Property developers have hundred of millions and billions of cash from gains by selling properties to Singaporean buyers/suckers of inflated priced properties. They are clearly delaying now or hold back launches due to weak sentiment and proceed with construction of unlaunched projects for sale only after completions or until the government officials announce measures to back them. They dare to boast about its ability of holding, constructing and choosing their own timing to sell. One estimate that these large private and listed developers own nearly 70% of residential projects in pipeline. Sure they will lobby behind the scene, meeting with government officials for favour to fulfil their WISH LIST. Something is real cooking. A powerful and influential cartel have emerged behind the scene. We hope government officials dont succumb to such pressure or worst entertain them. By giving in to them it show how weak or irresponsible a government is.

Anonymous said...

Some local Banks n finance companies or some related shareholders and wealthy groups are in property development business in Singapore, Look at their annual reports. They are very strong and can weather this difficult period easily but bad as they have an unfair advantage. So why should the govt support them? Bec they are big employers generating jobs for many property agents (many are rich property speculators) and foreign construction workers? Credit must be given to Govt in prioritizing help to the retrenched and the poor or small struggling Singapore companies so far.

Anonymous said...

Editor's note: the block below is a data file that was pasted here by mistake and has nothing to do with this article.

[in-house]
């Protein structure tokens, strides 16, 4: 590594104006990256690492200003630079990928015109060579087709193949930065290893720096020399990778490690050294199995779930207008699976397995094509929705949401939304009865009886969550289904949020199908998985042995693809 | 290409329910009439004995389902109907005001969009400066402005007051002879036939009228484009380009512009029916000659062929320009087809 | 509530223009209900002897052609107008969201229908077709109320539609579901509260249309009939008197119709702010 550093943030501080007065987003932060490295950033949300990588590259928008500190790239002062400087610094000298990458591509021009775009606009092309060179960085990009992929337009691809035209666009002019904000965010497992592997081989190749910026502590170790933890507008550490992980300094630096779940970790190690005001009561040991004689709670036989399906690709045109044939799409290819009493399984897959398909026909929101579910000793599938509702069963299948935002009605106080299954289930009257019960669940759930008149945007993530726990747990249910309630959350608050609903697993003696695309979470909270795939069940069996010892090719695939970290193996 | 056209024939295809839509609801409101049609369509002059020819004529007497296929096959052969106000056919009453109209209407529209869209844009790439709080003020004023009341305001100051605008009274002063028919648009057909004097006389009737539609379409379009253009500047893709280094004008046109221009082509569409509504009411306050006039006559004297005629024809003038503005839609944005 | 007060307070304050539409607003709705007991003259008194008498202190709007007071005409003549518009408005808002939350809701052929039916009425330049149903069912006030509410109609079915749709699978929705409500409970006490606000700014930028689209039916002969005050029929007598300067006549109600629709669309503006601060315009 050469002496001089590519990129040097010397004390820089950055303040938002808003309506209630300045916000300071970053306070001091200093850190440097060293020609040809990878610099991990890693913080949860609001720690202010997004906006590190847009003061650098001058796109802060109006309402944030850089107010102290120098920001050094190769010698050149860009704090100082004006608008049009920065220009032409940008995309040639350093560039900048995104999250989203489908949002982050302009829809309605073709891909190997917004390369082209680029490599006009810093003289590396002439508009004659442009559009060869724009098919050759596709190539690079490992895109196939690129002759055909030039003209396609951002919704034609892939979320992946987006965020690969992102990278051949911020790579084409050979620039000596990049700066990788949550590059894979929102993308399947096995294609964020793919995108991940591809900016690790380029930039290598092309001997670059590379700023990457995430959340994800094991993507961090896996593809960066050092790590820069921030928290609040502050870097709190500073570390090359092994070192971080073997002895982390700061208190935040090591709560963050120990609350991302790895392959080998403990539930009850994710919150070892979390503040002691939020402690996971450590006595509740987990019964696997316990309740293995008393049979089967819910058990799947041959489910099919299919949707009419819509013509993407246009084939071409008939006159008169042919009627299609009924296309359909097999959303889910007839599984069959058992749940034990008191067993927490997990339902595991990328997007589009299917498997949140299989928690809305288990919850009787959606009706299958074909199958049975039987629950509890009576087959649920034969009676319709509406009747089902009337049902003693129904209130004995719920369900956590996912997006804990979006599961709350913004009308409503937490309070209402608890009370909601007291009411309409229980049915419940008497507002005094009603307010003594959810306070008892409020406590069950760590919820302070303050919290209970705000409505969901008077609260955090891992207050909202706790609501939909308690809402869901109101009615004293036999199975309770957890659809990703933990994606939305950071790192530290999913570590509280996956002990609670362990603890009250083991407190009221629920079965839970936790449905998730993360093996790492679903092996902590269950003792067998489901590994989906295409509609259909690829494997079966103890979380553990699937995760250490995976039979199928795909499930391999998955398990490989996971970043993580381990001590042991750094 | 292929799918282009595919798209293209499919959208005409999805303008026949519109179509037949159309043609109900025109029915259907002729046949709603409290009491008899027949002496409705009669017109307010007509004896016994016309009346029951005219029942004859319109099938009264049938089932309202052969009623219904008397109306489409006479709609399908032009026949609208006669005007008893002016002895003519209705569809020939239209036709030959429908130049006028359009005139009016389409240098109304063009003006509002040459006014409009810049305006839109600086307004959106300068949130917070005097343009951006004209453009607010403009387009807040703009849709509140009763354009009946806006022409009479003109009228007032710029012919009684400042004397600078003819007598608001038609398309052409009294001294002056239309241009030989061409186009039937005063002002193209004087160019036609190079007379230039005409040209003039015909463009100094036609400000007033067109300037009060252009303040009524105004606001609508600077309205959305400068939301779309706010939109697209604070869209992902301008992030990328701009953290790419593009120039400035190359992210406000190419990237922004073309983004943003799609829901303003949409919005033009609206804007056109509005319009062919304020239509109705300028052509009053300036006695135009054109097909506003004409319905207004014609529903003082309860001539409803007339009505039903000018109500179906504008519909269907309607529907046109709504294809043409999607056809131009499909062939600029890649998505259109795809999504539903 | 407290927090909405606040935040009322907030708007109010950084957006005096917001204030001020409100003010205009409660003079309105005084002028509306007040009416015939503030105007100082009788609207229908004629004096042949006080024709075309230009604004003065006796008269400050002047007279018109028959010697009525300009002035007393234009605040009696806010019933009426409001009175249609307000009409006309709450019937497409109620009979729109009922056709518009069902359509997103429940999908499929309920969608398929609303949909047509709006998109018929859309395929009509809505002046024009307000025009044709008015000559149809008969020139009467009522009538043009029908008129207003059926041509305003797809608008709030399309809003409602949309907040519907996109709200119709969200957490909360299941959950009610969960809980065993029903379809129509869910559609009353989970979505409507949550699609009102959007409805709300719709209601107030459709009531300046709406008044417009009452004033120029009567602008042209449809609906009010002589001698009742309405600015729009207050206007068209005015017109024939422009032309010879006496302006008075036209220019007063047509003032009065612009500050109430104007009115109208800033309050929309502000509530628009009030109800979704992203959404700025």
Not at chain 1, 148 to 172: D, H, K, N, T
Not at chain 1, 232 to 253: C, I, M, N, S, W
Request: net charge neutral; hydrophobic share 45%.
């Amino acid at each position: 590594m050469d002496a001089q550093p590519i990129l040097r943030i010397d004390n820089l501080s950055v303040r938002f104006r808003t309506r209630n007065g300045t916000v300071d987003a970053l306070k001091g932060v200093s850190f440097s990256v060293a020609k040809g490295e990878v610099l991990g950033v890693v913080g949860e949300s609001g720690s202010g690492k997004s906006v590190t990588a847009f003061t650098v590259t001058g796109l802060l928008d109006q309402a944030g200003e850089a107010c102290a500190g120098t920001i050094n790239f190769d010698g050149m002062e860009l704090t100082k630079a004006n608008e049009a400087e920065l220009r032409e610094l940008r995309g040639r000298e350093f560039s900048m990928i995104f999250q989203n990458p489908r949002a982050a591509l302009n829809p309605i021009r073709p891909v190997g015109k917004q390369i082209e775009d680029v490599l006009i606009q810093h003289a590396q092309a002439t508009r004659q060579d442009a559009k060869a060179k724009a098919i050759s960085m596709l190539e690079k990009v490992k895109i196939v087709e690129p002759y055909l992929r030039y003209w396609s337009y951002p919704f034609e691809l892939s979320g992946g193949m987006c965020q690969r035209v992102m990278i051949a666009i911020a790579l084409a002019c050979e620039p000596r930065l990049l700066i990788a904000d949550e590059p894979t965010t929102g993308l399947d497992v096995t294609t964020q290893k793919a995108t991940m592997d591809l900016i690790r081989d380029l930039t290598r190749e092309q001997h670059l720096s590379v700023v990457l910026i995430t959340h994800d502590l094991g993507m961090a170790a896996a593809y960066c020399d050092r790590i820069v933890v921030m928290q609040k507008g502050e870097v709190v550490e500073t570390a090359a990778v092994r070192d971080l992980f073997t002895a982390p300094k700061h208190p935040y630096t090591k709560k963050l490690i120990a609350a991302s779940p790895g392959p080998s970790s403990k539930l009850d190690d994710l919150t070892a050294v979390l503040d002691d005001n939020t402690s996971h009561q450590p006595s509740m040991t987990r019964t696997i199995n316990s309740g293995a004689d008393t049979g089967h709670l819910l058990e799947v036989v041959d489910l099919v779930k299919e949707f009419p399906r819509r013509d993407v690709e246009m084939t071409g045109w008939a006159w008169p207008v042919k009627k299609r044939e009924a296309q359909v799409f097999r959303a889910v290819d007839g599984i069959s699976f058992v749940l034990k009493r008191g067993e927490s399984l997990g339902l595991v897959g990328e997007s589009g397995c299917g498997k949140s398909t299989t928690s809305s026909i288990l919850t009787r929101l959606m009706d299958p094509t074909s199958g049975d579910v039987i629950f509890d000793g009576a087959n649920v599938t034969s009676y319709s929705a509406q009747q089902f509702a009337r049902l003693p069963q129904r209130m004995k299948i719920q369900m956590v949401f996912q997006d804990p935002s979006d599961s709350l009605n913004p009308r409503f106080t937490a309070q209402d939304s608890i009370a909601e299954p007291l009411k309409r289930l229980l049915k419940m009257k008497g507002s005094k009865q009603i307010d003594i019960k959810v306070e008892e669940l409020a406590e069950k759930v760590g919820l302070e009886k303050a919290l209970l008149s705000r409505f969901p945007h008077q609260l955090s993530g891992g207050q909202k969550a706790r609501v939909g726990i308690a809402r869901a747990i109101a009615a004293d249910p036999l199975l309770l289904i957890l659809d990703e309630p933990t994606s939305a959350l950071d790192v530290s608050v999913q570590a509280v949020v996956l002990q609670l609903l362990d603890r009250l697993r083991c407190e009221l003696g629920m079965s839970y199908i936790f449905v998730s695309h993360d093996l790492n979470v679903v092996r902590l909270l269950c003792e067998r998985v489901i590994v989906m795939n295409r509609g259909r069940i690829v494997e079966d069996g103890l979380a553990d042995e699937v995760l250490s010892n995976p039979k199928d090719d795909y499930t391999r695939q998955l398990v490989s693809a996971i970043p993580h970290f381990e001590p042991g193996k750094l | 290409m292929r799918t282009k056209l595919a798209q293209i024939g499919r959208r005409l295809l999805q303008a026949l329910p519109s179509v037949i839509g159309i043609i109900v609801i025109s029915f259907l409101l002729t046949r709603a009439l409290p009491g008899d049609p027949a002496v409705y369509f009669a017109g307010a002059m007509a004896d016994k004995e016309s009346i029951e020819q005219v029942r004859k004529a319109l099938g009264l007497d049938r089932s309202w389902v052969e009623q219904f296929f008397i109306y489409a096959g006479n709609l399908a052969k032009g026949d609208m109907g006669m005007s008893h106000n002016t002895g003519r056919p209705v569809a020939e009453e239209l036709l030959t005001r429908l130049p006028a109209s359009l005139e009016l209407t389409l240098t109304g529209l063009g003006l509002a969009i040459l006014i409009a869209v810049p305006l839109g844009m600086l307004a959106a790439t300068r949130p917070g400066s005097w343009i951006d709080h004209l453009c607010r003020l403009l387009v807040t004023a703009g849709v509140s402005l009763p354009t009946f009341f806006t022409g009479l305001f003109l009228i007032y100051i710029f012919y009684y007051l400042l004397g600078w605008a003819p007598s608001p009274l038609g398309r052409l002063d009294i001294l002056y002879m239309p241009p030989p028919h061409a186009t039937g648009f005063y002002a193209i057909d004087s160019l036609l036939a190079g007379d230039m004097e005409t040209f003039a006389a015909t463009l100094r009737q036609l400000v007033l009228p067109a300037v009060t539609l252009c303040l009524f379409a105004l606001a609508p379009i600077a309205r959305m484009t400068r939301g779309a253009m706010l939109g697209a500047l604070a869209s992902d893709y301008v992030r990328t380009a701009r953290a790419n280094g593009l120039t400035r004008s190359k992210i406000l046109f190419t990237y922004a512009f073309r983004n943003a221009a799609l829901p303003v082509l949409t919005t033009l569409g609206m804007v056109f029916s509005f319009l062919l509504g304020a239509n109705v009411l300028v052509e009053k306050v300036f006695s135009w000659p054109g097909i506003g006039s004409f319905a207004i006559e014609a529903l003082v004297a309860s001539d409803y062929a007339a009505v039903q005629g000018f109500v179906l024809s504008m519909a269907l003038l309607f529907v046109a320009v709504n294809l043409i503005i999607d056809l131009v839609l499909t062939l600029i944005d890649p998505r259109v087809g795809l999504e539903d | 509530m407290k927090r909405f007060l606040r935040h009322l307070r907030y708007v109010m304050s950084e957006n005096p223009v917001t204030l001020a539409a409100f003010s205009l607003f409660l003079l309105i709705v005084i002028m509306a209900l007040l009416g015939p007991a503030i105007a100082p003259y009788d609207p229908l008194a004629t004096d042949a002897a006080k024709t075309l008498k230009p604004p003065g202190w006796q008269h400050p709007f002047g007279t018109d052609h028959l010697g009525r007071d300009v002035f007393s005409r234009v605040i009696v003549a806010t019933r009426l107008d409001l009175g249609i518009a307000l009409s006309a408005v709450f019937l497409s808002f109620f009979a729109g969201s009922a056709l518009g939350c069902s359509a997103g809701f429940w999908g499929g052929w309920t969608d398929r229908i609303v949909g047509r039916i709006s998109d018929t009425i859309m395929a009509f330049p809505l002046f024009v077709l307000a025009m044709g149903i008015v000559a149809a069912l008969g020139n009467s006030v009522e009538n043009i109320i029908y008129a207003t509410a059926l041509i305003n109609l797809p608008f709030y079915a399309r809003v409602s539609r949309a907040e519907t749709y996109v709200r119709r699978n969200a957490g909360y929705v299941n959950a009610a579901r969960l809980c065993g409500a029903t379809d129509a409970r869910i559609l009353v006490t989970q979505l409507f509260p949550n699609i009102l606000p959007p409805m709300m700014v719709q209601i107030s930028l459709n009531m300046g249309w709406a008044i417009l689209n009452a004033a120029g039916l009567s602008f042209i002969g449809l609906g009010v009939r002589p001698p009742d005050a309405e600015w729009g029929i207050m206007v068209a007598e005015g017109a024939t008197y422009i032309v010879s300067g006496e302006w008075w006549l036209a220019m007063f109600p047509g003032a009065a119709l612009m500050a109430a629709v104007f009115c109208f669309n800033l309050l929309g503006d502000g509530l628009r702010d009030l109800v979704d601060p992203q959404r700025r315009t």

As the financial and economic crisis beginning to mutate in Singapore, the developers are now panicking to preserve their capital gains and profits. The flight to safety from stocks (even highly liquid) to cash have resulted in heavy losses to investors BUT property is highly illiquid and big S$items, so let the market forces works and dont artifically prod the market unfairly. The developers MUST pay a price for their greed and by postponing launches, the bubble can get only bigger and delay with a disastrous results. Buyers are not interested to bite unless prices have fallen to drastically affordable level and quality design in place (not taking advantage of unwary buyers with hidden costs on bay windows/planter boxes). There is no signs of cash rich or strong developers in Singaproe collapsing. Property prices have not collapsed like in any countries where they are now cheaper and much competitive than Singapore. There are other more urgent priorities than helping the developers to fulfil their Wish List.All class of assets in Singapore has corrected and why so special about property. It is inevitable and one has to be transparent for the good of the NATION>. Why is the gahmen pay so much attention to such unproductive and speculative property activities?

hjll[s said...

agree that gahmen should not "pay so much attention to such unproductive and speculative activities" .. but is that the way the gahmen look at it?